The best disability/chronic illness rep in YA books

Who am I?

A big motivation for writing Cursed was what I saw as a dearth of authentic disability and chronic illness rep in books for kids. Where were the characters who were angry, messy, scared? Where were the kids in real pain—physically, emotionally, socially—who maybe weren’t surrounded by supportive friends and family and maybe didn’t handle their diagnoses with grace? When I was first diagnosed with juvenile arthritis at thirteen, I was all of the above—and then some. I’ve identified as disabled for 30+ years and am active in various disability groups and spaces. It’s my pleasure to champion kids’ books with authentic disability and chronic illness representation. 


I wrote...

Book cover of Cursed

What is my book about?

I have this pathetic disease. Never mind what it’s called. Life doesn’t play by the rules, so fourteen-year-old Ricky decides she won’t either. Ricky’s rules allow for cursing, cutting school, and lying to the Disaster-Formerly-Known-As-Her-Parents. That is, until her truancy is discovered and she’s facing the threat of having to repeat ninth grade.

Loosely drawn from the author’s experience of being diagnosed with juvenile/arthritis as a young teen, Cursed is funny, frank, and full of f-bombs. An unsentimental take on the “sick kid” genre, it won the prestigious 2020 Schneider Family Book Award which celebrates “the artistic expression of the disability experience” in books for kids and teens.

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The books I picked & why

Book cover of Sick Kids In Love

Karol Ruth Silverstein Why did I love this book?

It was such a pleasure to read about a teen navigating high school with arthritis, as I had. Better yet, a sweet, awkward romance is the heart of this book rather than its focus being on Isabel’s chronic illness. In my experience, life with chronic illness is just that—life, with all its ups, downs, pleasures, absurdities, etc. Sasha is a swoon-worthy love interest, and neither character’s chronic illness is downplayed or mined for soapy dramatics. There’s an authenticity here, particularly in the often mundane hospital scenes, that signifies this is an author who’s sharing, to at least some degree, her own lived experiences.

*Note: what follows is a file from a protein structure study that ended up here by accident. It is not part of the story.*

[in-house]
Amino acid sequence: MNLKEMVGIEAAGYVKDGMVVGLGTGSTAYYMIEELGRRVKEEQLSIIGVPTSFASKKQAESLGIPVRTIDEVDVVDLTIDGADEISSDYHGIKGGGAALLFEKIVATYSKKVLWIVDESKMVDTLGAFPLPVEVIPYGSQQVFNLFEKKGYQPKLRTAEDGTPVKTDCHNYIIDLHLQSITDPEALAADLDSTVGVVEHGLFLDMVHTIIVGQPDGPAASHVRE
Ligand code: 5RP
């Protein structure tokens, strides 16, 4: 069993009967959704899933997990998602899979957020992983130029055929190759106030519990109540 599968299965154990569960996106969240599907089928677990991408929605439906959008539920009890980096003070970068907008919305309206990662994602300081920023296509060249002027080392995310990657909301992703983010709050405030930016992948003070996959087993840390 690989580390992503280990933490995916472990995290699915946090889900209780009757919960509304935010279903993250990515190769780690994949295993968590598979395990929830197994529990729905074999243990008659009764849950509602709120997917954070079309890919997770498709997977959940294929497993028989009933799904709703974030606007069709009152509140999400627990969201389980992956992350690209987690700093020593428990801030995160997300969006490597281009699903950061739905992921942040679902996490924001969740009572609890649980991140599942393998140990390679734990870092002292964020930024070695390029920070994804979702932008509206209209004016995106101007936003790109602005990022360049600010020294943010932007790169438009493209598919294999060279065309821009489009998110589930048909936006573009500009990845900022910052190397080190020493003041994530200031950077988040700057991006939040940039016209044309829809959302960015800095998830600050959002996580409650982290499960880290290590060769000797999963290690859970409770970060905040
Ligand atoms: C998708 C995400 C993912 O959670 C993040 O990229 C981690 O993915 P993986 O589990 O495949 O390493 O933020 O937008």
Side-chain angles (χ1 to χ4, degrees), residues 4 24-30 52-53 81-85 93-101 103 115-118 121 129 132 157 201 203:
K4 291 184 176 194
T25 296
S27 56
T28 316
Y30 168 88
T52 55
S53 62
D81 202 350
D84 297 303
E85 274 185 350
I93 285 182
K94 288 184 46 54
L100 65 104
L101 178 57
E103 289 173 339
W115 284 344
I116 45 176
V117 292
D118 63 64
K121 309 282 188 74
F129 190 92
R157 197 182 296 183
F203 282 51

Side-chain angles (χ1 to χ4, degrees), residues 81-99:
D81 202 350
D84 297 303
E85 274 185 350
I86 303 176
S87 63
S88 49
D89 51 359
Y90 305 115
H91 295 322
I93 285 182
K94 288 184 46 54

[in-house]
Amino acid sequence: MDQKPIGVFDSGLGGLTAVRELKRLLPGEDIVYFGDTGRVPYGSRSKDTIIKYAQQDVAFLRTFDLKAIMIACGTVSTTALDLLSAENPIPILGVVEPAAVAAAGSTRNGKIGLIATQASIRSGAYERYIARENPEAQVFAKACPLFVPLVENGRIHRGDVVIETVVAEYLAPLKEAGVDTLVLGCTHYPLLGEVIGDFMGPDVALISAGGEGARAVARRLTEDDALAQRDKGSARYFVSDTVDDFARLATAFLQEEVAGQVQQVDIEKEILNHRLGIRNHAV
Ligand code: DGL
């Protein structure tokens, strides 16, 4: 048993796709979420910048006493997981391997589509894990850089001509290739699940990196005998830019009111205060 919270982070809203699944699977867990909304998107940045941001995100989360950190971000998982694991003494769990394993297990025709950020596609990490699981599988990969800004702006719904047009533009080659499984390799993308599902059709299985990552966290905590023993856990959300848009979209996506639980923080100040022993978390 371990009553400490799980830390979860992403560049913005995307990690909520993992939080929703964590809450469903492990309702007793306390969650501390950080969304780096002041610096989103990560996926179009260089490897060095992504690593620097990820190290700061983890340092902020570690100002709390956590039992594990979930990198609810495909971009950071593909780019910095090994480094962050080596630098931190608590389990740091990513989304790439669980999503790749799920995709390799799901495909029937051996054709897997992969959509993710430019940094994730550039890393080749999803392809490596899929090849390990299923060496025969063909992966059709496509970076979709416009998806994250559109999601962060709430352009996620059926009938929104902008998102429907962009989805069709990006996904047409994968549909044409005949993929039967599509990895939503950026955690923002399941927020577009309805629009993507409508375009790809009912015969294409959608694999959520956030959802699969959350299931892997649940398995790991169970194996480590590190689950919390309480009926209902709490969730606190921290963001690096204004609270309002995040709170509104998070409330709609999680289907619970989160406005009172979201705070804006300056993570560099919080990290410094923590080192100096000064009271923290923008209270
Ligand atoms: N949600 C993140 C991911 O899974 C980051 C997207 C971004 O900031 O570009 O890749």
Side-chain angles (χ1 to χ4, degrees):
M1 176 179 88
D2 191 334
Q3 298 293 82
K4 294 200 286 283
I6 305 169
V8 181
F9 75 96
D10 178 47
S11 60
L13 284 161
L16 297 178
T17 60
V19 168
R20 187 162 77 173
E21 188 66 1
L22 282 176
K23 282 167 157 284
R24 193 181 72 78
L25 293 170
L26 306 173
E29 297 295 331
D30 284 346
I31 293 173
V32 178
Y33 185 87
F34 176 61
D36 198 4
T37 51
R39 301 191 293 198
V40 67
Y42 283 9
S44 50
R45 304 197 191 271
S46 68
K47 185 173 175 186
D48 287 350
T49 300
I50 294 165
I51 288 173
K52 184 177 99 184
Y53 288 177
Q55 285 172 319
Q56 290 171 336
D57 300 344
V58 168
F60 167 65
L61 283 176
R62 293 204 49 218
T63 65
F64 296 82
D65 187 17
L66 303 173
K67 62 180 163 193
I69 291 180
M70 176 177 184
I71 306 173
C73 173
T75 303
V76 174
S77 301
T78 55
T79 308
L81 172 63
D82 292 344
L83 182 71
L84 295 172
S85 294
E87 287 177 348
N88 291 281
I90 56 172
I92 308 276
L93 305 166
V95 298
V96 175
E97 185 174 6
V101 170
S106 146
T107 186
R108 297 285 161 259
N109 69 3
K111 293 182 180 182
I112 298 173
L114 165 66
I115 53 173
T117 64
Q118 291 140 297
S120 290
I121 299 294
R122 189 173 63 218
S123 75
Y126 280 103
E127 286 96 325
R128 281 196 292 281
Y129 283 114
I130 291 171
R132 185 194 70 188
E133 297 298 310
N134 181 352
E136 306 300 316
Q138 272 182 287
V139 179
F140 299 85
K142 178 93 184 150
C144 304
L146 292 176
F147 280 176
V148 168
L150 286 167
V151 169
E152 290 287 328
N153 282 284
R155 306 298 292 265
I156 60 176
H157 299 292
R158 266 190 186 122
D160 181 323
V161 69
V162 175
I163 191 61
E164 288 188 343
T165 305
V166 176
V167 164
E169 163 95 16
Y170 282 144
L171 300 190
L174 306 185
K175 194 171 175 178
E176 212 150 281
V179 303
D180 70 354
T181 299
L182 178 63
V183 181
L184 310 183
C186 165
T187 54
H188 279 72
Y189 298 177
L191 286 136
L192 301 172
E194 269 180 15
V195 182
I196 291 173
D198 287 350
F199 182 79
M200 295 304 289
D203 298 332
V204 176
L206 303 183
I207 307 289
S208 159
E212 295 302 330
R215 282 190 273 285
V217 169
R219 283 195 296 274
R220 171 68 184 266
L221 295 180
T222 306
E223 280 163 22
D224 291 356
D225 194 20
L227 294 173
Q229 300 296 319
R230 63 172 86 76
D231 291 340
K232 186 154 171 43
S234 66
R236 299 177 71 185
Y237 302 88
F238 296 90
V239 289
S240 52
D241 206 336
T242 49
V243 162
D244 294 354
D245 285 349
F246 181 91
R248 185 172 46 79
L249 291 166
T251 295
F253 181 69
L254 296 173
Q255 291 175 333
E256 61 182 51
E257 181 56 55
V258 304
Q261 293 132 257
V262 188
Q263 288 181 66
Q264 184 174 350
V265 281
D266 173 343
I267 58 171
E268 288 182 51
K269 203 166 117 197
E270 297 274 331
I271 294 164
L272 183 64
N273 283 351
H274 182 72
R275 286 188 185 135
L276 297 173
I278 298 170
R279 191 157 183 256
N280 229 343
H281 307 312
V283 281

By Hannah Moskowitz,

Why should I read it?

1 author picked Sick Kids In Love as one of their favorite books, and they share why you should read it.

What is this book about?

All the women in her family are heartbreakers, and she's destined to become one, too, if she's not careful. But when she goes to the hospital for her RA infusion, she meets a gorgeous, foul-mouthed boy who has her rethinking the no-dating rule and ready to risk everything.

Aleksander is chronically ill, too, and there's a softer side underneath all his jokes. Isabel finds herself unraveling the secrets of a real person, rather than crowd-sourcing her decisions through her online column Sick Girl Wants to Know.

They fall for each other hard and fast, but Isabel has known all along…


Book cover of Breathe and Count Back from Ten

Karol Ruth Silverstein Why did I love this book?

Veronica dreams of getting a job as a mermaid in her Florida hometown’s famous mermaid tourist attraction. And I mean—who wouldn’t dream of that, especially since moving in water is so much easier than moving on land when you have hips dysplasia (which both this main character and author have)? I’ve always secretly wanted to work at an amusement park or tourist attraction and can seriously relate to the freedom that water brings to painful bodies. I loved living vicariously through Veronica as she trained in secret (her ultra-strict Peruvian parents definitely do not approve) and pursued her dream. Getting the gig is only half the battle. Veronica has to prove she can do the job to her fellow mermaids—and herself.